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Black Arts/West

Image Ownership: Public Domain
Black Arts/West was Seattle’s first black theatre, eventually became a nationally known entity across the United States. Evolving out of the Civil Rights movement of the 1960s, it was founded by Douglas Q. Barnett in 1969. Black Arts/West functioned as a three component program: theatre, dance, and an art gallery displaying the work of local and national artists.  As a division of the Central Area Motivation Program, an anti-poverty agency, it was charged with getting young people involved and learning the necessary skills to survive and flourish in society. The program was able to attract a host of young people who thrived on the discipline and skills imparted by a top notch professional staff including Lorna Richards, Eve Green, Professor Abraham “Dumi” Mariare and others.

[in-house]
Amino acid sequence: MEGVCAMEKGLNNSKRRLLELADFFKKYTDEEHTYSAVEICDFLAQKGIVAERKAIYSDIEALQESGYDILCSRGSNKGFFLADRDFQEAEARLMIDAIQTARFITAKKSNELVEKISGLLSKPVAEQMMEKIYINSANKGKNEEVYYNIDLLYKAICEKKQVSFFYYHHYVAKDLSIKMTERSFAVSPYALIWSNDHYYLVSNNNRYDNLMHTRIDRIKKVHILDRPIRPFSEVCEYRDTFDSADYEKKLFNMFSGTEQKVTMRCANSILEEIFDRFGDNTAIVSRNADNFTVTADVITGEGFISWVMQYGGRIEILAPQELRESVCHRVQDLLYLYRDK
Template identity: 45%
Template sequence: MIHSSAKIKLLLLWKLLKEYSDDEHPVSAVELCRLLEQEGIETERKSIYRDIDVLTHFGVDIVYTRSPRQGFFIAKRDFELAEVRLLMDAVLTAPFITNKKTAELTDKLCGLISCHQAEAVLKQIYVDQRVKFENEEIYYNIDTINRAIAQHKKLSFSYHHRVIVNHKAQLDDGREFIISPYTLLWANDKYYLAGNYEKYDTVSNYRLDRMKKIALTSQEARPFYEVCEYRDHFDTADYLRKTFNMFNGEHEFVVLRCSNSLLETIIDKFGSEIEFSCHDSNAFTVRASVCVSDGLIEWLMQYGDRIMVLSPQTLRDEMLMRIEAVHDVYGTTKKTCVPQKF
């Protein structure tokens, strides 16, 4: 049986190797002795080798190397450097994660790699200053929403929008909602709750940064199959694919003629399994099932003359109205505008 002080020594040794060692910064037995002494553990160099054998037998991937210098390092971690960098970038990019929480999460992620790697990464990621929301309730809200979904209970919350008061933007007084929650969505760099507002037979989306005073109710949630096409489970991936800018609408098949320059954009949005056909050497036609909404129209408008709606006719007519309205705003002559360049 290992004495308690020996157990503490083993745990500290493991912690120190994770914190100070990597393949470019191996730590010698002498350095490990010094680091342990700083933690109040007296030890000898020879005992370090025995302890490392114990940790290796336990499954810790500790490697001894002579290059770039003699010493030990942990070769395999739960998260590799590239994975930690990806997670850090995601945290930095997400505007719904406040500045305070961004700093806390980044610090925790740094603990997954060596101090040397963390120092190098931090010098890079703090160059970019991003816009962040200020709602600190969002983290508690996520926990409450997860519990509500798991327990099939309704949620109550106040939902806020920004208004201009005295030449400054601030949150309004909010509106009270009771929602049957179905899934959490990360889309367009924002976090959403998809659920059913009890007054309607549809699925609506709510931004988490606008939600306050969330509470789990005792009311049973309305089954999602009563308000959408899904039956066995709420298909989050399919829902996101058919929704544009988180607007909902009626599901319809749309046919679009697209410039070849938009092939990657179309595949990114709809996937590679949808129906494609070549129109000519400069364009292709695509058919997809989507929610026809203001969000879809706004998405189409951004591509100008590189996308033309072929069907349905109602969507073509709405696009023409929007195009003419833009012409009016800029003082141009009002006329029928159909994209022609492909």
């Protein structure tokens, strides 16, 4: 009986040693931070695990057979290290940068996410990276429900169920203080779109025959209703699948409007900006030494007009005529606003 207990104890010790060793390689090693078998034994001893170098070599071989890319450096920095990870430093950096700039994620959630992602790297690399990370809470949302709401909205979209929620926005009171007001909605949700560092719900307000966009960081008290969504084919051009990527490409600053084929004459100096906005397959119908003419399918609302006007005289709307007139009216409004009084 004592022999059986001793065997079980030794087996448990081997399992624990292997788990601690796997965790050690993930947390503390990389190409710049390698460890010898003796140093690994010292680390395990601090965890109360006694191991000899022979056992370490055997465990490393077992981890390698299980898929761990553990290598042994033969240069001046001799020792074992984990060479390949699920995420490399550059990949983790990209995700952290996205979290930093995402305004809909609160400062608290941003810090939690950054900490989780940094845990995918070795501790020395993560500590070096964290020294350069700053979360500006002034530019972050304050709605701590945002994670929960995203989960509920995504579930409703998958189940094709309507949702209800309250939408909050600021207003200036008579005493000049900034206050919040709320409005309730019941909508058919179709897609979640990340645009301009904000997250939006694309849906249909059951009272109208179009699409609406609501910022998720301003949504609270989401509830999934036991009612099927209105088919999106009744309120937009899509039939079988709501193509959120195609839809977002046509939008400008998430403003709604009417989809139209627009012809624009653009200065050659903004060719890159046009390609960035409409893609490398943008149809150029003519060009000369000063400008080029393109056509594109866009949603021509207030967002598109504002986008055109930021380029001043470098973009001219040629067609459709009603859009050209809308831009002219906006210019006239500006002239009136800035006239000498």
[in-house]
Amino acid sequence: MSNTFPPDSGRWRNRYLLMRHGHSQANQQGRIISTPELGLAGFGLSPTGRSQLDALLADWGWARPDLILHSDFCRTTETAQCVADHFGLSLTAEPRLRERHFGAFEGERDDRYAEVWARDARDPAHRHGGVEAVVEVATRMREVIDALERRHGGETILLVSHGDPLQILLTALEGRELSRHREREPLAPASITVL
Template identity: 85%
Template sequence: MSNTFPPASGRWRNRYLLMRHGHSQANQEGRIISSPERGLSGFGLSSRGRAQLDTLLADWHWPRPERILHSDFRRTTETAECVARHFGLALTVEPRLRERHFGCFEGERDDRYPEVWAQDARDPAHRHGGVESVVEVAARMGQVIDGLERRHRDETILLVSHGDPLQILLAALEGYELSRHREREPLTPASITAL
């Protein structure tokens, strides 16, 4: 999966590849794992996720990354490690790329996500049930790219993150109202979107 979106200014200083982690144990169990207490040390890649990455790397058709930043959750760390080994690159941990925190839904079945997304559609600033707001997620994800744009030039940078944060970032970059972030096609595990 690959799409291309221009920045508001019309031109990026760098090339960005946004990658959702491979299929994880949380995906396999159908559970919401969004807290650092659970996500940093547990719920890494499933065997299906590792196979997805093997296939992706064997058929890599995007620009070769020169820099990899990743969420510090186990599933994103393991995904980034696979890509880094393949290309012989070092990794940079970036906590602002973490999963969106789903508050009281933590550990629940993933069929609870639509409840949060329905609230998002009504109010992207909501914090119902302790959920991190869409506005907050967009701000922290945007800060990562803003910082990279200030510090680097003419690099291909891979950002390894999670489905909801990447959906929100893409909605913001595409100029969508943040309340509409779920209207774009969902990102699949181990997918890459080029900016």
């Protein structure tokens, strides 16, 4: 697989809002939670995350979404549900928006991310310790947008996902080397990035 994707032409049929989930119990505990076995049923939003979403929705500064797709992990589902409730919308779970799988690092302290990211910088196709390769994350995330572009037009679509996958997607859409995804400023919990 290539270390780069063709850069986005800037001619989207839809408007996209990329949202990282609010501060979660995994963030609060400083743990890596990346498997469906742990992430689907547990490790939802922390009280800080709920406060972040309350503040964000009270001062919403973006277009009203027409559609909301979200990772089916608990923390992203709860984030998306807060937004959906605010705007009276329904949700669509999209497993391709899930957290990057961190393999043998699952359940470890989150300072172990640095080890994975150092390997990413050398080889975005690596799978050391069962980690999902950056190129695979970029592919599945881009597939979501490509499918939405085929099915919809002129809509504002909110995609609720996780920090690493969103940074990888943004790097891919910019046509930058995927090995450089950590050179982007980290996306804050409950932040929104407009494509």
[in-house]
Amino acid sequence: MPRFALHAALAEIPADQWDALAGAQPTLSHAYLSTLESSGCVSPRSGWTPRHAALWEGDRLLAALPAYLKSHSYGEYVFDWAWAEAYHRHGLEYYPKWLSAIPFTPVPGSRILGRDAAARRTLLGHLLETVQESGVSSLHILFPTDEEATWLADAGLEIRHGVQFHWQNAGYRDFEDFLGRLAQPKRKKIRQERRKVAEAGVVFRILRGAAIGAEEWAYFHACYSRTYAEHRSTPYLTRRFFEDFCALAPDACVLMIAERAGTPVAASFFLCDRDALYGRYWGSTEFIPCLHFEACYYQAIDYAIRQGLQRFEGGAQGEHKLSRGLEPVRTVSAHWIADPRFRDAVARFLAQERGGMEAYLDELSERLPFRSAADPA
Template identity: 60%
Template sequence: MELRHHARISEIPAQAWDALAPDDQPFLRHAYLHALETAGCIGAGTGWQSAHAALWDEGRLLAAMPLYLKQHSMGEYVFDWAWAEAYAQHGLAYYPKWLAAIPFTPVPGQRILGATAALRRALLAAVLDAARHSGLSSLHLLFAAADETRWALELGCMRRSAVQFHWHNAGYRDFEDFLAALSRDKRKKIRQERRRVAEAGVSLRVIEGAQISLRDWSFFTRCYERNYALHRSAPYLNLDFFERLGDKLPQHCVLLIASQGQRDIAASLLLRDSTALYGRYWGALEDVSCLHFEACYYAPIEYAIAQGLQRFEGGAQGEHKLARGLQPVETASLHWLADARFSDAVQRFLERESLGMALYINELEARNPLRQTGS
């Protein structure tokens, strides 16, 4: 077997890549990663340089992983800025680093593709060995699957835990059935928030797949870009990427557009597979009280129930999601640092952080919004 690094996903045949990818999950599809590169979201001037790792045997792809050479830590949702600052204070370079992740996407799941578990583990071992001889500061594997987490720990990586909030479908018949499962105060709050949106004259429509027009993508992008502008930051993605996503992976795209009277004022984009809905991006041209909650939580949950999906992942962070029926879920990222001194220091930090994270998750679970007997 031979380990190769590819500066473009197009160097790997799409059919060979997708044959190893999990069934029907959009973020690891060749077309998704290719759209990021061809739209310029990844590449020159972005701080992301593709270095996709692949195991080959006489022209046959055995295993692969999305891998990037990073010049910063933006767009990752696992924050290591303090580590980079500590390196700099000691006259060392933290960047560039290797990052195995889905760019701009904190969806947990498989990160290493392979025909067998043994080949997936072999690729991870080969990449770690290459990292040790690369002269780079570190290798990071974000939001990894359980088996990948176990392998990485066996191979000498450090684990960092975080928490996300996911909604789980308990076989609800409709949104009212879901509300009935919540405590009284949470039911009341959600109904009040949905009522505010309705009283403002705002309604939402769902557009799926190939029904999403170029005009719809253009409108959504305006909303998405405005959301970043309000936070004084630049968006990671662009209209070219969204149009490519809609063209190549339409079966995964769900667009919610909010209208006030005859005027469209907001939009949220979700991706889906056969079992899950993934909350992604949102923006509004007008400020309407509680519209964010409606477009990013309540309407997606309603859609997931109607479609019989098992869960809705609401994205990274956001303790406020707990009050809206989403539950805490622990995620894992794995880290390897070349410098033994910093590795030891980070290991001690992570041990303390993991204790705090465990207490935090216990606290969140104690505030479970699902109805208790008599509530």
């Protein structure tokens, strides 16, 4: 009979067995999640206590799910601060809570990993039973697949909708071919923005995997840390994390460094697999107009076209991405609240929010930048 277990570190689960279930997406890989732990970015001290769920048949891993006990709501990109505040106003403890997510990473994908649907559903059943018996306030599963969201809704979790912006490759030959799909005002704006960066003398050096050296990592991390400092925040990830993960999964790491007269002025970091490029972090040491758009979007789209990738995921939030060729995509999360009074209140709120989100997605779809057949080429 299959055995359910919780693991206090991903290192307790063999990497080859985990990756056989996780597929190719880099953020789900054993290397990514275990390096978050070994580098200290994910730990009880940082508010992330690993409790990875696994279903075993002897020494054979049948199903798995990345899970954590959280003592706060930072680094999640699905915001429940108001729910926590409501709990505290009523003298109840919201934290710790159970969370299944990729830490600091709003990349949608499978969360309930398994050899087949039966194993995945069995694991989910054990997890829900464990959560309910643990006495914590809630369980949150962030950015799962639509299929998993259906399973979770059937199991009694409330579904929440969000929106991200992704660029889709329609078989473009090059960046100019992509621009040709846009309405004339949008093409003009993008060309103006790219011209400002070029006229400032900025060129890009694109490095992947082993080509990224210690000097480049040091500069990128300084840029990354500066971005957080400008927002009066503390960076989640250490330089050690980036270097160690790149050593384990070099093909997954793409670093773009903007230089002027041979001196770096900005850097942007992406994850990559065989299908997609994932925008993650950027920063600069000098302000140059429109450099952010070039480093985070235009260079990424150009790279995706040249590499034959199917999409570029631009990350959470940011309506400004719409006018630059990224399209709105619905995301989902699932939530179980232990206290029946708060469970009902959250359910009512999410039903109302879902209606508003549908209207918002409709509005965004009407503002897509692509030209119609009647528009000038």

Over the years the theatre mounted approximately 100 plays including Dream On Monkey Mountain, A Son Come Home, The Great McDaddy, Five On The Black Hand Side, and What The Wine-Sellers Buy. Top notch directors such as Allie Woods, Jr., Gilbert Moses, Jason Bernard, and Beatrice Winde all came to direct plays at the theatre. A significant number of students became professional actors who later performed on Broadway, in  regional theatres, TV, and professional dance companies. Black Arts/West had three Artistic Directors during its lifetime: Douglas Q. Barnett, Buddy Butler, and the team of Tee Dennard and Doug Johnson. After 11 years, Black Arts/West closed its doors in the spring of 1980. 

Sources: Online Encyclopedia of Washington State History and “A History of Black Arts/West” (private) by Douglas Q. Barnett.


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